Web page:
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A helicase is an enzyme that unzips joined strands of deoxyribonucleic acid (DNA) or ribonucleic acid (RNA). It usually moves in one direction down a double-stranded DNA molecule or self-bound RNA molecule, breaking the hydrogen bonds between the complementary nucleotide base pairs. Helicase enzymes are important for the cellular processes of DNA replication and repair, transcription of DNA to RNA, protein translation, and the creation of ribosomes.
There are many different types of helicase enzymes, including 24 different helicases in the human body. Each has a slightly different structure and method of operation. Some work as monomers, or single-unit enzymes, while others form dimers or even hexamers, combining multiple protein subunits for optimal function. All helicases share at least some degree of similarity in their amino acid sequence, and these similar areas are thought to be involved in the binding of the DNA or RNA strand or the binding and hydrolysis of adenosine triphosphate (ATP). These common sequence motifs have aided in the classification of helicases into five major families.
The function of a helicase varies depending on its specific structure and technique for unwinding. Some are active, utilizing ATP to unwind the strands, while others are passive and do not require energy to function. Since DNA and RNA molecules combine and remain connected through hydrogen bonds, many helicases will use molecules of ATP to actively break these bonds. These enzymes will have an ATP binding site that will enable them to hydrolyze ATP to gain the energy needed to break the hydrogen bonds. The breakdown of ATP will often propel the enzyme down the DNA or RNA strand, making its motion unidirectional and allowing it to prevent the recently separated strands from recombining.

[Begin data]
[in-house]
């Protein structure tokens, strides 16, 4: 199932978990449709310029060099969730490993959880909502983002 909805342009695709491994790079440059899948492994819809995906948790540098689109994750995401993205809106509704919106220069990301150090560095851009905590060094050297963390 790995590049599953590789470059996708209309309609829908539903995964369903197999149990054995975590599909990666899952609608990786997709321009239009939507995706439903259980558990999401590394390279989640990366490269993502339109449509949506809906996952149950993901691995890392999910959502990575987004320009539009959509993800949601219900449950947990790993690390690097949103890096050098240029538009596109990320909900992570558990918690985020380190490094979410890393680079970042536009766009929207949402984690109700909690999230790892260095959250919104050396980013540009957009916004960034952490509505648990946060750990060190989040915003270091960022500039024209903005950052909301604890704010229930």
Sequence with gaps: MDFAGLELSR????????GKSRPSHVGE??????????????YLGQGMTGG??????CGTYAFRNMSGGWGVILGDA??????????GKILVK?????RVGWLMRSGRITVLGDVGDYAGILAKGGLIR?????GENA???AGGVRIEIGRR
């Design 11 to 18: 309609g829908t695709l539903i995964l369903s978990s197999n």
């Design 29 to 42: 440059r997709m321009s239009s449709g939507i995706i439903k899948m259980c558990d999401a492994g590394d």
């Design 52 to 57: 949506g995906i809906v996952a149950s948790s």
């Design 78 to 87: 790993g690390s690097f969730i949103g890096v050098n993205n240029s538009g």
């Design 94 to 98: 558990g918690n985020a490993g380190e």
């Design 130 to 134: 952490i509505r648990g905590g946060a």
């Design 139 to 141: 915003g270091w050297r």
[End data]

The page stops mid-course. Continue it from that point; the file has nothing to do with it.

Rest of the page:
Other helicase enzymes do not use active energetic methods to separate the nucleotide base pairs. Instead, they attach to the DNA or RNA strands and wait until local energetic fluctuations and movement changes partially twist the strands apart. They then translocate and bind in the newly formed gap, preventing the strands from rejoining. This mechanism is generally slower, as it is dependent upon chance and random movements for unwinding, rather than a direct, controlled mechanism.
Some RNA helicase enzymes will use a different mechanism for binding and unwinding. While many RNA helicases act in a manner similar to DNA helicase, others will bind with a single stranded segment of RNA and will also require ATP binding. These helicases will not actually hydrolyze the ATP or derive energy from it, but the ATP is necessary for a change in shape that will activate the enzyme.
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